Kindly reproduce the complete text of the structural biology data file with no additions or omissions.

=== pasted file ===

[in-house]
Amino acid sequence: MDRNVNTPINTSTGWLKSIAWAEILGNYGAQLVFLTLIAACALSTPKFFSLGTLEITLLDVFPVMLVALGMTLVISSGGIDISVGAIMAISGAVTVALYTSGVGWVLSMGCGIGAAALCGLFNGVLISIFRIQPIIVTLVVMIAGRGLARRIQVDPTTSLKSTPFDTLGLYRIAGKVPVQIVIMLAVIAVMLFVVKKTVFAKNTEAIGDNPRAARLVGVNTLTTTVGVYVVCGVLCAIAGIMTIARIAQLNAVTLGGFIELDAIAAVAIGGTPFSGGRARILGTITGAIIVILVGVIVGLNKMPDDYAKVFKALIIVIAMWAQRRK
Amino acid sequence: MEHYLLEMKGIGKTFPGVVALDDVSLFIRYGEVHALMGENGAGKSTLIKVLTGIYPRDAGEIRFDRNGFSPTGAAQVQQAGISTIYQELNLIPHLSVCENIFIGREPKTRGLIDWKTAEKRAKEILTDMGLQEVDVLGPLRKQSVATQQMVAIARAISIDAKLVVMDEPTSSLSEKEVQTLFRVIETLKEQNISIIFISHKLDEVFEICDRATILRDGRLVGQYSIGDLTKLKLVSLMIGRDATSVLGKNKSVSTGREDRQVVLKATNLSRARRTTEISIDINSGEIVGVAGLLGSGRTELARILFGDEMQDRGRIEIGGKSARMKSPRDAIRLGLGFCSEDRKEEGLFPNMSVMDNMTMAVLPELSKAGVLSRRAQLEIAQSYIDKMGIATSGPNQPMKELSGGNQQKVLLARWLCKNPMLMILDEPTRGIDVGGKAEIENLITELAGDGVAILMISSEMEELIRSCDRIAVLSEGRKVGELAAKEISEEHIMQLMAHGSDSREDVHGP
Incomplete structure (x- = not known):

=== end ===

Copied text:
[in-house]
Amino acid sequence: MDRNVNTPINTSTGWLKSIAWAEILGNYGAQLVFLTLIAACALSTPKFFSLGTLEITLLDVFPVMLVALGMTLVISSGGIDISVGAIMAISGAVTVALYTSGVGWVLSMGCGIGAAALCGLFNGVLISIFRIQPIIVTLVVMIAGRGLARRIQVDPTTSLKSTPFDTLGLYRIAGKVPVQIVIMLAVIAVMLFVVKKTVFAKNTEAIGDNPRAARLVGVNTLTTTVGVYVVCGVLCAIAGIMTIARIAQLNAVTLGGFIELDAIAAVAIGGTPFSGGRARILGTITGAIIVILVGVIVGLNKMPDDYAKVFKALIIVIAMWAQRRK
Amino acid sequence: MEHYLLEMKGIGKTFPGVVALDDVSLFIRYGEVHALMGENGAGKSTLIKVLTGIYPRDAGEIRFDRNGFSPTGAAQVQQAGISTIYQELNLIPHLSVCENIFIGREPKTRGLIDWKTAEKRAKEILTDMGLQEVDVLGPLRKQSVATQQMVAIARAISIDAKLVVMDEPTSSLSEKEVQTLFRVIETLKEQNISIIFISHKLDEVFEICDRATILRDGRLVGQYSIGDLTKLKLVSLMIGRDATSVLGKNKSVSTGREDRQVVLKATNLSRARRTTEISIDINSGEIVGVAGLLGSGRTELARILFGDEMQDRGRIEIGGKSARMKSPRDAIRLGLGFCSEDRKEEGLFPNMSVMDNMTMAVLPELSKAGVLSRRAQLEIAQSYIDKMGIATSGPNQPMKELSGGNQQKVLLARWLCKNPMLMILDEPTRGIDVGGKAEIENLITELAGDGVAILMISSEMEELIRSCDRIAVLSEGRKVGELAAKEISEEHIMQLMAHGSDSREDVHGP
Incomplete structure (x- = not known):